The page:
Skip to content

Posts tagged ‘hiking’

Time Spent Researching is Never Time or Energy Wasted

I returned home from my trip to Sydney and feel armed and dangerous. It’s been a couple of weeks since I flew down to do the Camino Downunder workshop and once I got back, I literally hit the floor running with the start of the teaching year, my evening work, Spanish lessons and catching up on the four days of work  I missed while I was in Sydney.

I didn’t really have a choice of whether to blog or not; I simply did not have the time. But whilst I’ve been away from blogging, it’s given me an opportunity to process all the information I gleamed from a couple of seasoned pilgrims and try to put it into perspective and implement it into my planning.

Let me first say, I had such a great time while in Sydney that I’ll probably blog about some of the good times later on. I used the opportunity to explore Sydney in such a way that is similar to how I think it might be when I’m in Spain; to get a taste of things yet to come. With a mindset of expectancy, I experienced a wonderful time meeting strangers and experiencing just some of the many things Sydney has to offer. It was remarkable and I will share some stories down the track.

It was drizzling with rain the morning of the workshop and I headed out from my hotel with brolly in one hand and Google Maps GPS on my iPhone in the other. I knew I only had to walk a street or two away from where I was staying. This sounds simple, but you are yet to know what I am like when it comes to finding my way to intended destinations. After my trip to Sydney, I realise that orienteering is just not my thing. Something internal wills me to go in the completely opposite direction to where I actually need to go. Although proven many times over, I still argue to the death with whoever happens to be with me. I object till I’m blue in the face and even after I have been proven wrong, I still feel driven to go where I feel it is the right direction. My head tells me one thing; my heart, another.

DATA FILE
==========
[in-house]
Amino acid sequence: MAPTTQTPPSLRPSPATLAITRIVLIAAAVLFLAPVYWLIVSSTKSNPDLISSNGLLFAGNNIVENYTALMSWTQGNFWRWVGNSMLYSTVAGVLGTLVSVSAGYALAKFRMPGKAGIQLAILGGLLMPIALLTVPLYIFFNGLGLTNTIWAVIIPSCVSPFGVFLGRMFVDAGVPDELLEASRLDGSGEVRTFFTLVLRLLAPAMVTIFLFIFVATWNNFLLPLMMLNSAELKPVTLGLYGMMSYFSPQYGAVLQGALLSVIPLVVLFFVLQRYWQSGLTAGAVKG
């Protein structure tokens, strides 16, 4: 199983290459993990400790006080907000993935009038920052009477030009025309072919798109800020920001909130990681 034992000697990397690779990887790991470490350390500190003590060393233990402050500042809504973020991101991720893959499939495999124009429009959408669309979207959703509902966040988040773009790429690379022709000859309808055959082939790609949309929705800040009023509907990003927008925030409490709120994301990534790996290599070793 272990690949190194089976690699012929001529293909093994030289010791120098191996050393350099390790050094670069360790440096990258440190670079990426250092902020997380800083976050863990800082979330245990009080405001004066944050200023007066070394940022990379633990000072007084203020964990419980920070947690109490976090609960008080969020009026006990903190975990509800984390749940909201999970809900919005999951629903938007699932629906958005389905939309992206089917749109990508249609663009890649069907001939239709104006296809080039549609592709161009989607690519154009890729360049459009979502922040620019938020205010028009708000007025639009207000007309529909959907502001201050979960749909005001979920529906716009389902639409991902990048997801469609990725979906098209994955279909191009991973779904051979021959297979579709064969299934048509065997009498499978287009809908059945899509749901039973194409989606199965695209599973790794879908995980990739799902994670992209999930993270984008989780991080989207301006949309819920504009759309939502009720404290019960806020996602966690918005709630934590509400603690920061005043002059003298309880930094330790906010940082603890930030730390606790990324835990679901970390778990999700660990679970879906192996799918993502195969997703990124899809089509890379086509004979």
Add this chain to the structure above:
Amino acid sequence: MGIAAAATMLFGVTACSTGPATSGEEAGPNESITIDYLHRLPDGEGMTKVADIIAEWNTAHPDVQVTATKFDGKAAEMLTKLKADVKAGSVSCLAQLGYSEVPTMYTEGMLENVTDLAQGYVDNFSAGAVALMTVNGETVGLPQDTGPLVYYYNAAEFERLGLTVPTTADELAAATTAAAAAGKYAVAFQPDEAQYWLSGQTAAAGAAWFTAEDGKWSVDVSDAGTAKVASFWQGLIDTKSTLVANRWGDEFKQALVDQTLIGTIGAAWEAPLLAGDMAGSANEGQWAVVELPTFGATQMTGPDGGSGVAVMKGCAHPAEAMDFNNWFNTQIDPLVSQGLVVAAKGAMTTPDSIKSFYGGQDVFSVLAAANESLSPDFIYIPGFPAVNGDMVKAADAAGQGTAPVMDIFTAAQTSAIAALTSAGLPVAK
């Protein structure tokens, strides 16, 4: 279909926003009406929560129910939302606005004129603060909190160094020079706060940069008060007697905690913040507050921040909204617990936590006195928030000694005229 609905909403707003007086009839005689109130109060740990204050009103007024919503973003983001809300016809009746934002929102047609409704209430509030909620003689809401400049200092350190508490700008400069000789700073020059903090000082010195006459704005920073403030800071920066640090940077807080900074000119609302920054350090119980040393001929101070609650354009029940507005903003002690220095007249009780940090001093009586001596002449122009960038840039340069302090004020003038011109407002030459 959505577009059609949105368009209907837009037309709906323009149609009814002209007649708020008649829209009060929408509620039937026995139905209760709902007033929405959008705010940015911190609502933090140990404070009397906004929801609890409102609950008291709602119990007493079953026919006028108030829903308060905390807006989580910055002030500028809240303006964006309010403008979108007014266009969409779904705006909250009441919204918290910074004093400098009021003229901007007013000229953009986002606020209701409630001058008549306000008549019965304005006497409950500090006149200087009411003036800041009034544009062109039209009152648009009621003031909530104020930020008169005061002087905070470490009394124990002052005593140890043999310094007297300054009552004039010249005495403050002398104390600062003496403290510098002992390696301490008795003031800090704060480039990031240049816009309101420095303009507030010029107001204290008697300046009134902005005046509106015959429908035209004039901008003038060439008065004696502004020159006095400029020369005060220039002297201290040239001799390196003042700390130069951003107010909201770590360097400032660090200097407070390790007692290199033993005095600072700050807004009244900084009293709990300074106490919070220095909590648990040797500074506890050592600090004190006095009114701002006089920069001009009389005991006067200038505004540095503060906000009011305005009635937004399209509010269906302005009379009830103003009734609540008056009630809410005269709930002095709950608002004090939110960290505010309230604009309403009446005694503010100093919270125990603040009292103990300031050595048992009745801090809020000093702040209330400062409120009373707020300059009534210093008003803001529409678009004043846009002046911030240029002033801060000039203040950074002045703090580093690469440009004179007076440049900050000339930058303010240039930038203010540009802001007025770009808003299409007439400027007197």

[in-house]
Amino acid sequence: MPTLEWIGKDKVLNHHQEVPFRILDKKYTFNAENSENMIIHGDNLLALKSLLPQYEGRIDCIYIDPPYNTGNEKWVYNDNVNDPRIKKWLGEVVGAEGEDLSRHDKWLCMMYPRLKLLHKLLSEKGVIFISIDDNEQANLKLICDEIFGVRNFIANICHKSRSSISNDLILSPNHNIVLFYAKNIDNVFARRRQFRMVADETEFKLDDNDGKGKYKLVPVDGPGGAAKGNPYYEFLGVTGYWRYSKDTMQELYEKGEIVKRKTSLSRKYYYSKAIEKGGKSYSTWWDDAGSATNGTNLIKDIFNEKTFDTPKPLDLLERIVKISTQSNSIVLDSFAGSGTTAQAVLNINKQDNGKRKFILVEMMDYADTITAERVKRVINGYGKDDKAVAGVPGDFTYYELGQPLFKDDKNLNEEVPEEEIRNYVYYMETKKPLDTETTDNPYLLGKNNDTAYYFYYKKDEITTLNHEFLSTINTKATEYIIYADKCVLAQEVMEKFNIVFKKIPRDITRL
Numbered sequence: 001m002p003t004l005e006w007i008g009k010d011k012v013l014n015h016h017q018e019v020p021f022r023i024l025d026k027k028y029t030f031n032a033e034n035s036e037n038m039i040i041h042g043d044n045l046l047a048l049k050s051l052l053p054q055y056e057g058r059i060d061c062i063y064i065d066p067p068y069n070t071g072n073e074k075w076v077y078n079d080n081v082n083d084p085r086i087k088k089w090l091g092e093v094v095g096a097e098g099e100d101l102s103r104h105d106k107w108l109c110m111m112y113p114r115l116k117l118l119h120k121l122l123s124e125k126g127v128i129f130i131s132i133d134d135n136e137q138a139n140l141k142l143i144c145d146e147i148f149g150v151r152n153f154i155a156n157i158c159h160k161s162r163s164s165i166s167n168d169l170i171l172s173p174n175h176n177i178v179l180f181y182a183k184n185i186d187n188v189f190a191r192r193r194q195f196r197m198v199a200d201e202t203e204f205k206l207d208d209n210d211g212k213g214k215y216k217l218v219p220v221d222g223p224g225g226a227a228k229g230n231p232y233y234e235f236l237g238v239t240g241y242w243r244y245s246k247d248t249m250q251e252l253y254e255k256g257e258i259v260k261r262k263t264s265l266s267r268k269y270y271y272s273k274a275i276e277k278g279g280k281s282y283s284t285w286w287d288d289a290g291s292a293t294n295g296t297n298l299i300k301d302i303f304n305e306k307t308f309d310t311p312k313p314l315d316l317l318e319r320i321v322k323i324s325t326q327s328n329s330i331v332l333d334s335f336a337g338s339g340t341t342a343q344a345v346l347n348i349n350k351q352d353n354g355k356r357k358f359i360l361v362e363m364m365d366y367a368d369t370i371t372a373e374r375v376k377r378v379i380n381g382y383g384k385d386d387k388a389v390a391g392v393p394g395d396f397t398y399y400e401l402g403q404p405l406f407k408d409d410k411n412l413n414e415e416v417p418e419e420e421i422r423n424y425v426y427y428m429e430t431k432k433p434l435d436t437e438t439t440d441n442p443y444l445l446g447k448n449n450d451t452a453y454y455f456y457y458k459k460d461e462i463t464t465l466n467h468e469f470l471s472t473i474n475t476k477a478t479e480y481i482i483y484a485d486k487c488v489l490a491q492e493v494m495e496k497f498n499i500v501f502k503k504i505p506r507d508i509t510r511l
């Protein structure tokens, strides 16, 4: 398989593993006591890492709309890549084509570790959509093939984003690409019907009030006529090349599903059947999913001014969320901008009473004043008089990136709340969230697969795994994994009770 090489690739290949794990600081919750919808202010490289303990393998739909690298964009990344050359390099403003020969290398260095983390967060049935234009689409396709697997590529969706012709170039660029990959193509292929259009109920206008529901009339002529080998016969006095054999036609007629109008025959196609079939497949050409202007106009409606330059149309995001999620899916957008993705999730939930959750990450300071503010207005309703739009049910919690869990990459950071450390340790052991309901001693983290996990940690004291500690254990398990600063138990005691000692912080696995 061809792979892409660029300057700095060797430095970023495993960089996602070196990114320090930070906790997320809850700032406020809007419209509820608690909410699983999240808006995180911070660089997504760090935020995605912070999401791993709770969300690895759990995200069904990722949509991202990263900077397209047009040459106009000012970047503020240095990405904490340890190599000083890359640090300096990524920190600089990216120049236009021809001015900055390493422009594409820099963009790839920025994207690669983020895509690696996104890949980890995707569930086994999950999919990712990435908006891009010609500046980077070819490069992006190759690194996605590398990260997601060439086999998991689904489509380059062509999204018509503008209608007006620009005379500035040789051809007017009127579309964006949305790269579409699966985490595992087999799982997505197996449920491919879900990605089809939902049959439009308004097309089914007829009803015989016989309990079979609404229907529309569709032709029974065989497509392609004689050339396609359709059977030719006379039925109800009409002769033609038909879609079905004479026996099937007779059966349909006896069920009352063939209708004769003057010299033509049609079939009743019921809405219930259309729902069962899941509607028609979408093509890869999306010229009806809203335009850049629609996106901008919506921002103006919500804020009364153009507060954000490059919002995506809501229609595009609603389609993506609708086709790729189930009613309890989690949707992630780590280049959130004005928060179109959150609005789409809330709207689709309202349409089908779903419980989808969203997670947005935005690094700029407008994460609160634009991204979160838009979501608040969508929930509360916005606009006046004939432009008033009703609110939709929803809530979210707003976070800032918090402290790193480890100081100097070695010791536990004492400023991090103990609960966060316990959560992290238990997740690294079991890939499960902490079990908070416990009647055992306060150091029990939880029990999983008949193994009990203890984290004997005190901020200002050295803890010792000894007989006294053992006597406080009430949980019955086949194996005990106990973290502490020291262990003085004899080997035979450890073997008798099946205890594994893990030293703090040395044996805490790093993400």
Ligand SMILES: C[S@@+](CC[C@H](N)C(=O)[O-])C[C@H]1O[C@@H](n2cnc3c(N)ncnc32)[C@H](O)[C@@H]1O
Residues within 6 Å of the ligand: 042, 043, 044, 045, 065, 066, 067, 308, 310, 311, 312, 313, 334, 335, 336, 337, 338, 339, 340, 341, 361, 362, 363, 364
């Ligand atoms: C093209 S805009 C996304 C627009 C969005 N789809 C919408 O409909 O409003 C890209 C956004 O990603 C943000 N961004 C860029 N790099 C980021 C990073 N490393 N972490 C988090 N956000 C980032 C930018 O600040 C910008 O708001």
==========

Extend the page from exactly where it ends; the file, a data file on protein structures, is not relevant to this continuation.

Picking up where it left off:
Trying to read the GPS on my phone didn’t help me either. I am one of those people who has to turn the map around so I can see the direction I am meant to take. In truth, I think my spatial awareness could use some fine tuning. My brain simply won’t process upside-down. This time I had no one to argue with, and I won. I took the direction of my burning desire, and yes, you guessed it, I ended up streets away from where I needed to be. At one point I decided to ask this girl I was standing next to at the traffic lights. “Can you please tell me where Clarence Street is?” She smiled shyly at me and held up her phone and shrugged. She had just arrived in Sydney and was using her GPS to find a street. We both laughed  and continued on once the lights turned green. Next minute, I found myself on Clarence Street and outside the building that the workshop was to be held in.